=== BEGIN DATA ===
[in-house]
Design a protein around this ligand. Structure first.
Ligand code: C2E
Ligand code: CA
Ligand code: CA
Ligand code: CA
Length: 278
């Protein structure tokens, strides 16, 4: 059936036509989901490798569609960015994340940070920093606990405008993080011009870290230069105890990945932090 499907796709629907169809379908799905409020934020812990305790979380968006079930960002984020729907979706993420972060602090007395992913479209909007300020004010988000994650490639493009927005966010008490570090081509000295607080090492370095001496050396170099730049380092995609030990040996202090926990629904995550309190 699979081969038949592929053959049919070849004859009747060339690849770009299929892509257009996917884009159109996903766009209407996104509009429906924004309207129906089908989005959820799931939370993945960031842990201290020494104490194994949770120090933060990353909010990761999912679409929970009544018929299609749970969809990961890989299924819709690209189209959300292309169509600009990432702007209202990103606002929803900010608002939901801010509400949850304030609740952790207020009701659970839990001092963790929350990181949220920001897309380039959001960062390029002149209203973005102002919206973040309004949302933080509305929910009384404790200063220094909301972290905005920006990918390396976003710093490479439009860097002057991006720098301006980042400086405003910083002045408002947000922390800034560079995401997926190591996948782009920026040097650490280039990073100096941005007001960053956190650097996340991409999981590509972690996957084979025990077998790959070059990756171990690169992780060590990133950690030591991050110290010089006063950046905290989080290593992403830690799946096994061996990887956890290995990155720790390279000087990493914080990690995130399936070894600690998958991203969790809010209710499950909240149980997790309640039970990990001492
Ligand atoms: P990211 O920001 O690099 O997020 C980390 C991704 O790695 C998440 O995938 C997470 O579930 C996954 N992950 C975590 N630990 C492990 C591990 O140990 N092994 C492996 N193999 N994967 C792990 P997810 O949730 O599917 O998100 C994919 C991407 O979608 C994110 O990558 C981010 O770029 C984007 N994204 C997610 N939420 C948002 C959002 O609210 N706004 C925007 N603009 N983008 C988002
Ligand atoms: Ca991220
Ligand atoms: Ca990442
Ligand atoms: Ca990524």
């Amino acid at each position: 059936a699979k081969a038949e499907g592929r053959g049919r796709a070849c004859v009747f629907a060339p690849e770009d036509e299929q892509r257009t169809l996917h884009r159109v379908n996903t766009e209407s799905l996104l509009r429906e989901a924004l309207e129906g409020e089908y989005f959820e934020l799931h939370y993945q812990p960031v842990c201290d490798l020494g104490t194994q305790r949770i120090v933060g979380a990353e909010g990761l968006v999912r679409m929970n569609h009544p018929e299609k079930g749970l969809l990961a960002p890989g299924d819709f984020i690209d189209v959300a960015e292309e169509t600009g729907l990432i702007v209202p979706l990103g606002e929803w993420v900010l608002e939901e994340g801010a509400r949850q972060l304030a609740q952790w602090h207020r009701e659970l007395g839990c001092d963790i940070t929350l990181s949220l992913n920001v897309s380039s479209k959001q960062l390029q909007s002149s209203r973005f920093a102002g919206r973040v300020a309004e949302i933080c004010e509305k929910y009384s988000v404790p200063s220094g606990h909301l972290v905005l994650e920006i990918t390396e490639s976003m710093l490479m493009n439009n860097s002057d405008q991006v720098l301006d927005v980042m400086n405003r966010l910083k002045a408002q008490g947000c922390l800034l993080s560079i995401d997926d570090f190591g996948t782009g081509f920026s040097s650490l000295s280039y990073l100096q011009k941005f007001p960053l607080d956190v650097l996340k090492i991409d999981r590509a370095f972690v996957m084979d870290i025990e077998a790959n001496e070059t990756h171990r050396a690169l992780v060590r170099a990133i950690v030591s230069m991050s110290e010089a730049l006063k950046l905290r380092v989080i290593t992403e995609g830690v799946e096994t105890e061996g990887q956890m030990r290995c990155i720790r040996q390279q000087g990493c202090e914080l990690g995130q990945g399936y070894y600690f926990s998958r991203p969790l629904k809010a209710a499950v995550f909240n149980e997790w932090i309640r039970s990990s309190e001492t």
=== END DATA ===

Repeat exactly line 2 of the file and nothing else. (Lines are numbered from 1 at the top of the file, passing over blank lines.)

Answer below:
Design a protein around this ligand. Structure first.